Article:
The SafeWise Team is pleased to release the seventh annual Safest Cities report.
Kentucky’s 20 Safest Cities of 2021
Here are the 10 Safest Cities in Kentucky for 2021
3. West Liberty
6. Pioneer Village
7. Fort Thomas
9. Taylor Mill
10. Indian Hills
See if your city made the full list.
The Bluegrass State is home to rolling hills, The Kentucky Derby, and the lowest crime rates in the East South Central region. And while 53% of residents who call Kentucky home feel safe there, concerns are high when it comes to property crime and package theft.
We saw a 33% rise in levels of high concern from Kentuckians from last year’s 40% to this year’s 53%. Kentucky is also the third-most concerned state in the nation when it comes to property crime.
In this report
2021 Kentucky crime rates
The good news for Kentucky residents is the state shows the lower property and violent crime rates than the rest of the region and the nation overall. On average, Kentucky saw half the crime as neighboring states and 1.5 fewer incidents than the rest of the country.
Level of concern and experience with crime in Kentucky
We saw a significant rise in daily concern over the last year from Kentuckians. Kentucky residents also show a big divide when it comes to their expectations of crime. According to our survey, 78% said crime rates were increasing while 1% said crime was decreasing (respective national averages are 66% and 8%).
Property crime was Kentucky’s biggest concern over the last year. But the number of respondents who experienced it firsthand in the last year dropped by 10%. Violent crime also decreased, but we did see an increase in gun violence reports.
Crime concerns in Kentucky
We asked Kentucky residents which crimes they worry may happen to them. See if Kentuckians are concerned about the same crime issues as the rest of the country.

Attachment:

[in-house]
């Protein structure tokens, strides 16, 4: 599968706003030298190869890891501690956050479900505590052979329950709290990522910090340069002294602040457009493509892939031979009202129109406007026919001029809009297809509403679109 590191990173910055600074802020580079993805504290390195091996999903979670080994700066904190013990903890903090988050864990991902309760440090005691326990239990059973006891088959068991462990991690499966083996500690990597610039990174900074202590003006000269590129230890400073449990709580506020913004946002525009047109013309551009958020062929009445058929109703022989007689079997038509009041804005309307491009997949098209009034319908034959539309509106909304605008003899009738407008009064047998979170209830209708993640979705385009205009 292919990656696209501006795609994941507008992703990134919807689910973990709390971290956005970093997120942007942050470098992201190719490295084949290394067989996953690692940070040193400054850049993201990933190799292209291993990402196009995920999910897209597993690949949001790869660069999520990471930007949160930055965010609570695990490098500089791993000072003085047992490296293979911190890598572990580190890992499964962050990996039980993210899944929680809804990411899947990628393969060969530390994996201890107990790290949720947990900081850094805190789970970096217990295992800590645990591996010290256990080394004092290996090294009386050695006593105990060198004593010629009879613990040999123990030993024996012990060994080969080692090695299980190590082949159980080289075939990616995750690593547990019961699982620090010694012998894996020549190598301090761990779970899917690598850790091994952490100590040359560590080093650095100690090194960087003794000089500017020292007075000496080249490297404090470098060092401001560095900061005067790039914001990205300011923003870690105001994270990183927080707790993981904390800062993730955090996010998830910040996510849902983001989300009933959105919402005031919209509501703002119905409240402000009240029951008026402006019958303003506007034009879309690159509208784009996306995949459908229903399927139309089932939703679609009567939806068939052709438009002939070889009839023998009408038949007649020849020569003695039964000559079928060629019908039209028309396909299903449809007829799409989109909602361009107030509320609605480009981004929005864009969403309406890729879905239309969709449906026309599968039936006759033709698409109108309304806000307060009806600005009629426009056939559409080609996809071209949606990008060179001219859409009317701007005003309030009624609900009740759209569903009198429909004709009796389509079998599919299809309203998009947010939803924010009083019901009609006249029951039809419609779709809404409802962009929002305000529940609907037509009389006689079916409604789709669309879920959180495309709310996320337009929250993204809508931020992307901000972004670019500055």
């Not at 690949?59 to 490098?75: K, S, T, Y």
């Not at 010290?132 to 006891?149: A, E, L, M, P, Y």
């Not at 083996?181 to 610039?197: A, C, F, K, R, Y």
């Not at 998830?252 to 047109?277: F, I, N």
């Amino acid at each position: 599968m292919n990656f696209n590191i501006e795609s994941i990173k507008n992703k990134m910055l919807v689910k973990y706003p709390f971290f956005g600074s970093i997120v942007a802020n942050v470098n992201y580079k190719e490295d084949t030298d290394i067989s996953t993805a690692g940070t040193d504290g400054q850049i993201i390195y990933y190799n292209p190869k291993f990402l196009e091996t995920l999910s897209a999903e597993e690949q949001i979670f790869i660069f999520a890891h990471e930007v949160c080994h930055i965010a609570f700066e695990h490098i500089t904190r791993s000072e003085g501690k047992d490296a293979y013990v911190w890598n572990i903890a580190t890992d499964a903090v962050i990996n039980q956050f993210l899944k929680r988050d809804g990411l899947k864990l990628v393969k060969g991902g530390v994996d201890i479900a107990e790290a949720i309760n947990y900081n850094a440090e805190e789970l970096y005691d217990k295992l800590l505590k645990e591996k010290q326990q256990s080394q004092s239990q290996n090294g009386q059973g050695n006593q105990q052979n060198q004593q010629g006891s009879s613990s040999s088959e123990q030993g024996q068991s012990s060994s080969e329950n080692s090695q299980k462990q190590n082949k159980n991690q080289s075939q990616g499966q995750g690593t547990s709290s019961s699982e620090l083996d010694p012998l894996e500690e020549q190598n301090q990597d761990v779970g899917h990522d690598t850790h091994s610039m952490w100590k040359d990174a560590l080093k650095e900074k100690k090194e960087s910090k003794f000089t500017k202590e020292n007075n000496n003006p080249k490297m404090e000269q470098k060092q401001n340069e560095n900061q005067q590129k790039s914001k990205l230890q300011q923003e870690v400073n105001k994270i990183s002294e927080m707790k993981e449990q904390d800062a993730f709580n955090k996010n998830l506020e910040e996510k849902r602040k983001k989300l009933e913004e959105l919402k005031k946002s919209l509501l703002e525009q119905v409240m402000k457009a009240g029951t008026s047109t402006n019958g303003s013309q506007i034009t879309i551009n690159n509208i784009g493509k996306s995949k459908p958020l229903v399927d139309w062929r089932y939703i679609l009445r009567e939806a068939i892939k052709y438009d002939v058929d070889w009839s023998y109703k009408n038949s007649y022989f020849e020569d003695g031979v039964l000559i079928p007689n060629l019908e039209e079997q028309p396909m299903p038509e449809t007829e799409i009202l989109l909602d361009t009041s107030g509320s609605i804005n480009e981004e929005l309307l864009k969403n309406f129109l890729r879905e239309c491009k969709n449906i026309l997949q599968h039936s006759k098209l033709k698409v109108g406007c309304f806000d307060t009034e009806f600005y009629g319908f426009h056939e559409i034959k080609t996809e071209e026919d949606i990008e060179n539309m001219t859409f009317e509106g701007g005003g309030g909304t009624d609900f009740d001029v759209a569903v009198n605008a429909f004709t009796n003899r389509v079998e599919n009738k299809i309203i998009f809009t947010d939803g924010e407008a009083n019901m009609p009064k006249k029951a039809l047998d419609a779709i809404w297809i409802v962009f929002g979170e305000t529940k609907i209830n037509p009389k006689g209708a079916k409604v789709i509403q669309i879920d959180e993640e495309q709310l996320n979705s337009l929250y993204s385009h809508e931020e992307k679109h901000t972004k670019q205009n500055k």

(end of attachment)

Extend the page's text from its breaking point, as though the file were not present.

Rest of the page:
View the complete 2021 State of Safety report.
Violent crime in Kentucky: Fear vs. reality
Although there was a slight increase in Kentucky’s violent crime, the rate in Kentucky sits safely below the national and regional average.
- Providence, Kentucky’s safest city, saw 0 violent crimes in the last year.
- All twenty of Kentucky’s safest cities had a murder rate of 0.
- The Bluegrass State saw under 10,000 violent crimes in the last year, less than 1% of the nation’s violent crime.
- Aggravated assault was the most common violent crime in Kentucky over the last year, accounting for 60% of violent crimes.
- Rape accounted for a higher percentage of violent crime among the safest cities. Rape made up 32% of the violent crimes in the safest cities vs. 16% of violent crime statewide.
- 41% of Kentuckians carry some form of protection compared to 34% nationally.
- 47% of Kentucky residents say their personal safety has been affected by the COVID-19 pandemic.
- When it comes to police violence, 47% of Kentuckians are concerned daily.
- 54% of Kentucky residents say they have confidence in law enforcement.
- According to the Gun Violence Archive, there was a rise in the last year of mass shootings (5 to 10) and officer-involved incidents (34 to 48) in Kentucky.